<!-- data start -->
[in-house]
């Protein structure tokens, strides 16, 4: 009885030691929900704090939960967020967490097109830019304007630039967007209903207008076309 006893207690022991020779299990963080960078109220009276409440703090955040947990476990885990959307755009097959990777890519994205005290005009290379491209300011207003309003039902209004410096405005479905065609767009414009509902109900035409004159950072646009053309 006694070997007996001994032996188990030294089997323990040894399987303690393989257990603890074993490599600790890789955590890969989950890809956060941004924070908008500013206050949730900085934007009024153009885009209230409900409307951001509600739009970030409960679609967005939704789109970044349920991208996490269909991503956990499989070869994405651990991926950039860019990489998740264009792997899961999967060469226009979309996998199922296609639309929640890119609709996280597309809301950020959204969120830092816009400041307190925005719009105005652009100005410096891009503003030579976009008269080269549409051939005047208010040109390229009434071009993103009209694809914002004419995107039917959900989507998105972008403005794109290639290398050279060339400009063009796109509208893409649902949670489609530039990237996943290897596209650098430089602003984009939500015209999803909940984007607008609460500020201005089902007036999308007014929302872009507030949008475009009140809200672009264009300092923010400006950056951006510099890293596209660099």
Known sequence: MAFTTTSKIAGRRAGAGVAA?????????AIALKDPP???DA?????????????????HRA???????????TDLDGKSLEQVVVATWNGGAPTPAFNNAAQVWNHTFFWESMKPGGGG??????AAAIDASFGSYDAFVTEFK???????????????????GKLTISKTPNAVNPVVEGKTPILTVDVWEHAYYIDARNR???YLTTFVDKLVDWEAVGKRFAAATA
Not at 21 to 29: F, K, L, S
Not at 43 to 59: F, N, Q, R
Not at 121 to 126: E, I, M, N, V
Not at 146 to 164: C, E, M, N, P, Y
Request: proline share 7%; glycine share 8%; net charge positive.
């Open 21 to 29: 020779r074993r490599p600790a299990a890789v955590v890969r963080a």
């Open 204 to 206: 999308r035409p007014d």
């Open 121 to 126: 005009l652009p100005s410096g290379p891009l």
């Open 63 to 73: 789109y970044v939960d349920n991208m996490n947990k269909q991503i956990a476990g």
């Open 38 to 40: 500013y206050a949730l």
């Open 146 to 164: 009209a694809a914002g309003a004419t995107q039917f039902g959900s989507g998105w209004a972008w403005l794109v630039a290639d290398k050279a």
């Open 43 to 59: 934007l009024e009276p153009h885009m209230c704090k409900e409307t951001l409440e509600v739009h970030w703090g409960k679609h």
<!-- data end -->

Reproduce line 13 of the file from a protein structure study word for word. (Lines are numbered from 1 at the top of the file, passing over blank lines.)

């Open 38 to 40: 500013y206050a949730l």